Q&A Lightning Round #5: Nine Questions From Listeners Answered

May 9, 2024

Episode Summary:

In this episode of the Play Therapy Podcast, Dr. Brenna Hicks addresses several questions from listeners on various topics related to child-centered play therapy.

How to Schedule Parent Consultations?

Madison in Iowa asks: “I’m wondering how you organize your schedule to accommodate parent consultations. How long do they typically last? I’m trying to fit these into my schedule in some sort of a systematic way.”

Dr. Brenna Hicks provides a thorough explanation on systematically scheduling parent consultations:

Parent consultations should be scheduled every five sessions with the child. It’s crucial that these consultations do not replace or take the place of one of the child’s regular play therapy sessions. They must be scheduled completely separately.

The recommended duration for parent consultations is one hour. Dr. Hicks stresses that consultations should always be conducted in-person, not virtually, as this allows for better engagement and impact.

To systematically schedule these consultations, Dr. Hicks advises time-blocking your weekly schedule. Reserve specific time slots dedicated solely for parent consultations. The ideal times are hours when children typically won’t be scheduled, such as early mornings, lunchtimes, or later evenings when parents may be available from work.

Another approach is to utilize any cancellations or rescheduled openings in your regular client schedule. If a client cancels, you can reach out to parents due for their 5-week consultation and see if they can fill that newly opened slot.

However, these spontaneously filled slots should not be the primary way you schedule consultations. Having consistently time-blocked consultation hours is crucial for a systematic approach.

Dr. Hicks emphasizes making it clear to parents that in-person attendance is an expectation for these consultations to be maximally effective. There are important reasons why consultations are not charged for and must be conducted face-to-face.

By time-blocking, utilizing cancellations strategically, and clearly communicating expectations to parents, you can integrate parent consultations into your schedule systematically every 5 sessions per child.

Working with Children Taking Multiple Medications

Madison’s second question: “I’m wondering how you might handle a situation in which a parent brings a child who is currently taking multiple medications (3 to 5) that have been provided by a different provider (i.e., a psychiatrist).”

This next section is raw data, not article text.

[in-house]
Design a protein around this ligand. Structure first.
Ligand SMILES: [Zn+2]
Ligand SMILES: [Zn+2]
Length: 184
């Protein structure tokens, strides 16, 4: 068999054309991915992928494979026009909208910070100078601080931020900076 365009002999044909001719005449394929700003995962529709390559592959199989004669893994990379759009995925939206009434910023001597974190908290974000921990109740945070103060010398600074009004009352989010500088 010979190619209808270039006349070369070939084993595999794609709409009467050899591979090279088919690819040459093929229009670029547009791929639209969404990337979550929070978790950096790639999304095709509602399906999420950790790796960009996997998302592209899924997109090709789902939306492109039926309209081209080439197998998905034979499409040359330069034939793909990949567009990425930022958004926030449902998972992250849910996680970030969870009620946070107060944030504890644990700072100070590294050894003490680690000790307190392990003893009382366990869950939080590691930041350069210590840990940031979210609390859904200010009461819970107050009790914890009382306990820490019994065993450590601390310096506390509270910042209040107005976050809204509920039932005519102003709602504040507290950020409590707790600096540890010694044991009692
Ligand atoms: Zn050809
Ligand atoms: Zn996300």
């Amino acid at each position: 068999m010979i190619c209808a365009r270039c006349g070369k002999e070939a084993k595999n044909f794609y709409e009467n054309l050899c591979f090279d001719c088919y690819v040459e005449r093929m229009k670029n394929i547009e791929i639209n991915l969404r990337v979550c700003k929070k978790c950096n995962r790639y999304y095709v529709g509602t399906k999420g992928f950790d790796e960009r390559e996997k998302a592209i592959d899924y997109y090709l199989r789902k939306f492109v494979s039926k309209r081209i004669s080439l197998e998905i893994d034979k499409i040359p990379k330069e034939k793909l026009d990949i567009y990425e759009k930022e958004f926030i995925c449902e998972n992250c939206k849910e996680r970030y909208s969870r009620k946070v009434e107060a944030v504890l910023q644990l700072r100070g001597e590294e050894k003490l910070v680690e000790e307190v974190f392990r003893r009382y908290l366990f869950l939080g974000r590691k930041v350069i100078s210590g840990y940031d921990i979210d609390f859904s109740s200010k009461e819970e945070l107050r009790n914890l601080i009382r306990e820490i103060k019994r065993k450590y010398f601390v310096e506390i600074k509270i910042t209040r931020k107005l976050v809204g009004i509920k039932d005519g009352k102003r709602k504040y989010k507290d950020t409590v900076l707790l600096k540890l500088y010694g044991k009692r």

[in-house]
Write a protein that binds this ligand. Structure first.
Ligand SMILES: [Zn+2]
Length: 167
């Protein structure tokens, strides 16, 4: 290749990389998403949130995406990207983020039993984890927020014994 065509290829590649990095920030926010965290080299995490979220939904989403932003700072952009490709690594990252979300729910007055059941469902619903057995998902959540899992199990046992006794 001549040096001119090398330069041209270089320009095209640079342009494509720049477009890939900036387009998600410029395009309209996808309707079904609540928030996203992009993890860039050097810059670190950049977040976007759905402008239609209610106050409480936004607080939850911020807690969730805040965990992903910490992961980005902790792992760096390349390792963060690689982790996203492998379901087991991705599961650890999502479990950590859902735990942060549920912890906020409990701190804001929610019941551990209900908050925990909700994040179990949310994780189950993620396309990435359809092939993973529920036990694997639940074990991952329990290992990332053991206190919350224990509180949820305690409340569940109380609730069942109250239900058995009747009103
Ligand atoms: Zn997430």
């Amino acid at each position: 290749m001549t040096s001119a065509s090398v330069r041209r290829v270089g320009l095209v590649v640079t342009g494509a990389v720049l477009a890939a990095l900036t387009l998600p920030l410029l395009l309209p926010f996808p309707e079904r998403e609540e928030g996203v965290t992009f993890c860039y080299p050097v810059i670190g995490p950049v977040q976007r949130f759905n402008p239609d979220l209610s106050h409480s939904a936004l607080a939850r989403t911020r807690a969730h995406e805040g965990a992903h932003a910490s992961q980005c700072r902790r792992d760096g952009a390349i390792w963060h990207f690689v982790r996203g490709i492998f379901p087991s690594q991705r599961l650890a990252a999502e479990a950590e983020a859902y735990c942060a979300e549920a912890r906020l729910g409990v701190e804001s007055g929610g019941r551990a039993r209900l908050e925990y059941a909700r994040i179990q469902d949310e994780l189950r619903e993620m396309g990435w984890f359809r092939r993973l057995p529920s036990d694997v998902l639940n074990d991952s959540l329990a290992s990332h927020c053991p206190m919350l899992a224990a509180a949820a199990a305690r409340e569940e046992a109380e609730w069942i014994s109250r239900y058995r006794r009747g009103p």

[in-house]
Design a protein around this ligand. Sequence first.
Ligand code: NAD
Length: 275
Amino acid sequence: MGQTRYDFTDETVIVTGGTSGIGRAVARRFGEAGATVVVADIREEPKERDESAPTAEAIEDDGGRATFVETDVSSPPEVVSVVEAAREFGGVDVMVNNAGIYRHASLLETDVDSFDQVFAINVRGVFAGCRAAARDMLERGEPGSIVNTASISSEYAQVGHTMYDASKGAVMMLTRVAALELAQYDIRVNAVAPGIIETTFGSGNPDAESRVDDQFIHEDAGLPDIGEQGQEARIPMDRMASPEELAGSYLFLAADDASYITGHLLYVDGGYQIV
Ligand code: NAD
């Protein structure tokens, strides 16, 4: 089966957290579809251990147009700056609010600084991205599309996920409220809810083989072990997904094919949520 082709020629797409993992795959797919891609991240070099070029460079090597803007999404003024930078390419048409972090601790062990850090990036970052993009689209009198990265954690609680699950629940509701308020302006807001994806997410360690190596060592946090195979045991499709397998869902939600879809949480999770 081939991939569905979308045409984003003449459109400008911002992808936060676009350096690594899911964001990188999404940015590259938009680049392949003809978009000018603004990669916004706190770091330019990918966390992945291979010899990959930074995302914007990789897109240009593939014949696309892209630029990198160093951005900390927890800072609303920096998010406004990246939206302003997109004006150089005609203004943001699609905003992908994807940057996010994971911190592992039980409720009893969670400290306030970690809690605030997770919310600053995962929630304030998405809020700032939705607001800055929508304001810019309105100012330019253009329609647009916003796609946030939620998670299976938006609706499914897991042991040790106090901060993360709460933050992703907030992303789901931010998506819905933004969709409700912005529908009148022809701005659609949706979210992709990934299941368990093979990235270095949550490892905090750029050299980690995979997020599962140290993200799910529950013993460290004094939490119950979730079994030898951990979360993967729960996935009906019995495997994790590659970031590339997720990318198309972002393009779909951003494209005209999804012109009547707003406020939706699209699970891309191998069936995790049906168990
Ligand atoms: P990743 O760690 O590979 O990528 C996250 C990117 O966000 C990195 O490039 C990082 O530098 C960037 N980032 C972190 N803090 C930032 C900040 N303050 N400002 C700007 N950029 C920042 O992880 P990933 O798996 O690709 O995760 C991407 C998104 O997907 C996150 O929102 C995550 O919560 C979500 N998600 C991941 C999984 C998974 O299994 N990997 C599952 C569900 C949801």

When working with children on multiple medications, Dr. Hicks advises against making any changes initially. Instead, she suggests focusing solely on play therapy first and then considering medication reduction later, once the child has progressed through the therapy process. This approach helps determine the cause of any changes in the child’s behavior.

Child Pretending to Be an Animal in Sessions

Maria from California asks: “How do you make sense of a child who pretends to be an animal and becomes nonverbal in their play?”

According to Dr. Hicks, a child pretending to be an animal and remaining nonverbal during play sessions is often a way for the child to explore new themes or emotions from a safe distance. It allows the child to experience vulnerability without having to verbalize their feelings directly.

Handling the Termination Process

Teri from the UK inquires: “One thing that keeps coming up is a challenge for me is how to discuss preparing to terminate with the child. So they’re not caught off guard since goals are not discussed with the child.”

Dr. Hicks emphasizes the importance of the termination phase, recommending a “3-2-1 countdown” of sessions leading up to the final one. She suggests framing it as a celebration, reminiscing about the time spent together, and allowing the child to take home mementos. Timing the termination with a natural break in the calendar can also be helpful.

Working with Children with Attachment Issues

Heidi from the UK asks: “Working with children with ambivalent or avoidant attachment styles based on their repeated experiences of physical and emotional abuse and neglect. What advice would you give me?”

Dr. Brenna Hicks provides in-depth insights on this topic based on her center’s experience working with residential foster children every week:

When it comes to children with attachment issues or trauma backgrounds, strict adherence to the child-centered play therapy model is crucial, without any adaptations. These children deeply need the unconditional acceptance and “be with” attitudes that CCPT provides.

Children from such backgrounds tend to exhibit one of two extremes in the therapy room – either they are completely open and crave adult connection desperately, or they are very slow to trust, doubting if the therapist truly cares for them.

Regardless of their initial presentation, the stages and phases of the CCPT process remain consistent. Resistance can be especially pronounced for these children as vulnerability is utterly devastating after having to survive through impenetrable self-protection.